An Instagram page with over 2,85,000 followers claims that a newly wedded bride must go on 30-minute runs at least twice daily and drink green tea every morning before breakfast for weight loss. A bride can bleach their face, but no later than 15 days before the wedding. Run under the name of ‘healthytipspage’, the page is filled with AI-generated videos of characters that look like doctors, speaking in a manner no different from Siri.
The advent of AI doctors on social media is a fast-growing phenomenon that is evidenced by their high number of followers, sometimes as close to 5,00,000, or by scores of people commenting on their videos seeking medical advice.
RK is an owner of a similar Facebook page that doles out medical and nutritional advice. He is a pharmacist by profession. “I have more than 9 years of experience in the field, and have been advising my friends and family for many years,” he told Decode. RK scripts the videos himself, allocating a good three hours every day to just “researching” his claims. His research is based on Google webpages such as Healthline and WebMD as well as other AI sites. “All the AI images and audio are copyrighted. So I feed them the lines once the script is ready and then create shorts or reels.”
According to RK, his friends’ encouragement made him start his page in hopes that more people could “benefit from his experience”. With now more than 10,000 followers, RK is ready to take his channel to the next level and consider advertising for his videos.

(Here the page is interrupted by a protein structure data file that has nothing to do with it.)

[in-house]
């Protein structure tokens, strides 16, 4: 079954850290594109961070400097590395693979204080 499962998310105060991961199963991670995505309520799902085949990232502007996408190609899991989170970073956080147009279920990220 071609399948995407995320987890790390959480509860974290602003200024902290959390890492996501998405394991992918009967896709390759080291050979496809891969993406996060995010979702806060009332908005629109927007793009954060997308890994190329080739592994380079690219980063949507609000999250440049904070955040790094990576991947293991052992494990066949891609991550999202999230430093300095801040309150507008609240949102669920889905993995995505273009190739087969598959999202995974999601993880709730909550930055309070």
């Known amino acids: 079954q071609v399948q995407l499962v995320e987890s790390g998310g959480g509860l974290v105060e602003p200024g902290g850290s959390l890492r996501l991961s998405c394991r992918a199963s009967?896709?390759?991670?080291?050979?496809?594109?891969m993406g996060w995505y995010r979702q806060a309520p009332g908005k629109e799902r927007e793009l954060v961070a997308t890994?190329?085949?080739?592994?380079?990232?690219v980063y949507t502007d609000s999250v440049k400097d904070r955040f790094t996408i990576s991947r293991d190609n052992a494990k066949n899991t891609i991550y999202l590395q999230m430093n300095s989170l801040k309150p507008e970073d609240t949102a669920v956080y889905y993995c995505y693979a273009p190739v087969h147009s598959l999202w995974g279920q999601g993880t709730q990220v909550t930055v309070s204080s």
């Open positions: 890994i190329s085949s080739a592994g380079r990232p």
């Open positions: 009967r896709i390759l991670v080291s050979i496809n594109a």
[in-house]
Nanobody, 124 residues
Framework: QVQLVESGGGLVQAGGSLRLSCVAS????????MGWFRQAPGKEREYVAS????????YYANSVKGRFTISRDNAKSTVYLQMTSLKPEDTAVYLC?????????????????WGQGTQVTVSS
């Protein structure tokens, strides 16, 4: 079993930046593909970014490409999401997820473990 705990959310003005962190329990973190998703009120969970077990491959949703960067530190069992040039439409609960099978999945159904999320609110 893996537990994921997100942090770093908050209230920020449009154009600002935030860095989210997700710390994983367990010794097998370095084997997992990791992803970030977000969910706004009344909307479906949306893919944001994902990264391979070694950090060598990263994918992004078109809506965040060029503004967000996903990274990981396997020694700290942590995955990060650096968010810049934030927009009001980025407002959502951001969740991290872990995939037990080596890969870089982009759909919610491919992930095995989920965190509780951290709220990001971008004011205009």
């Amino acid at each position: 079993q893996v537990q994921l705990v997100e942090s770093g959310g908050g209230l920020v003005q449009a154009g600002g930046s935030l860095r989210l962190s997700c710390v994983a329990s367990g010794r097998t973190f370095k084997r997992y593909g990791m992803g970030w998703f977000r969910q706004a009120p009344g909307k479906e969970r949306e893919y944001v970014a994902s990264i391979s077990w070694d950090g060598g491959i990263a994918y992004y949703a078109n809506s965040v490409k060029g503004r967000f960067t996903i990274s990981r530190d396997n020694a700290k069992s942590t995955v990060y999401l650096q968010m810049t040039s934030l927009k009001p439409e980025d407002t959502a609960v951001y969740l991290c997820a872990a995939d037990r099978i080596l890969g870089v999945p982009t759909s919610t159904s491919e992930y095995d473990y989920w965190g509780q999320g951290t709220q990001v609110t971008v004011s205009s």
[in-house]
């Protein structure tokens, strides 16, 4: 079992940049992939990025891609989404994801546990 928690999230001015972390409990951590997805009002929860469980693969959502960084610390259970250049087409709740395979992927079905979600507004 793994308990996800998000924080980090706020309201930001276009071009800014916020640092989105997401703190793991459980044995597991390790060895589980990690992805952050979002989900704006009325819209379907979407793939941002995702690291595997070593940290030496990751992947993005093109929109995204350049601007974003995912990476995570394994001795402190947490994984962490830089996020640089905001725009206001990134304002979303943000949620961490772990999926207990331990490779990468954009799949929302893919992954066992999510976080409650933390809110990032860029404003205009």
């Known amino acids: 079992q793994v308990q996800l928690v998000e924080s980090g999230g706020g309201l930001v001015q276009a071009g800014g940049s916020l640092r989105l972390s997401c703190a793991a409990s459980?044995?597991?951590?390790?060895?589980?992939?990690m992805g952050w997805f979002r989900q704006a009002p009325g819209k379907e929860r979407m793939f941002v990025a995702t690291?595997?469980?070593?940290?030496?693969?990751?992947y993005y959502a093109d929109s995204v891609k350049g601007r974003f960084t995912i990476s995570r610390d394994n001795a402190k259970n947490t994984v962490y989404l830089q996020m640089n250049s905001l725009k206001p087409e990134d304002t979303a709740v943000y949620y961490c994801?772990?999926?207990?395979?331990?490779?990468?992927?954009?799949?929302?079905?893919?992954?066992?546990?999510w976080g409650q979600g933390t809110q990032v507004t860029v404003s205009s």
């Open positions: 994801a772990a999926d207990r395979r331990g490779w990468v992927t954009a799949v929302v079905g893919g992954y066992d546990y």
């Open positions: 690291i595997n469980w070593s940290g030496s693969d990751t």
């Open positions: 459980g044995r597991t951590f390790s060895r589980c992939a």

The debate surrounding the transformation and eventual booming of the Indian healthcare sector as a result of Artificial Intelligence (AI) is not new. In fact, a NASSCOM analysis predicts a compound annual growth rate (CAGR) of 40 per cent from 2019 to 2025 within the industry. However, parallel to the conversation surrounding doctors integrating AI into procedures, another social media epidemic has brought fame to non-medical practitioners disguised as AI doctors. The tips that these AI doctors give out are often medical misinformation.
Modus Operandi of an ‘AI Doctor’
Decode looked at over ten such AI doctors' pages on social media. From weight loss tips to claims on how to “get teeth as white as Modi’s”, these pages average 1,00,000 to 3,00,000 views on each video. For instance, ‘Gharelu Health Tips’ or @doctorji__ai_sb’s first video on July 2, suggests that women can regulate their menstrual cycles by consuming jaggery with fennel seeds. Now only two months later, his profile boasts 2.4 million views on some reels.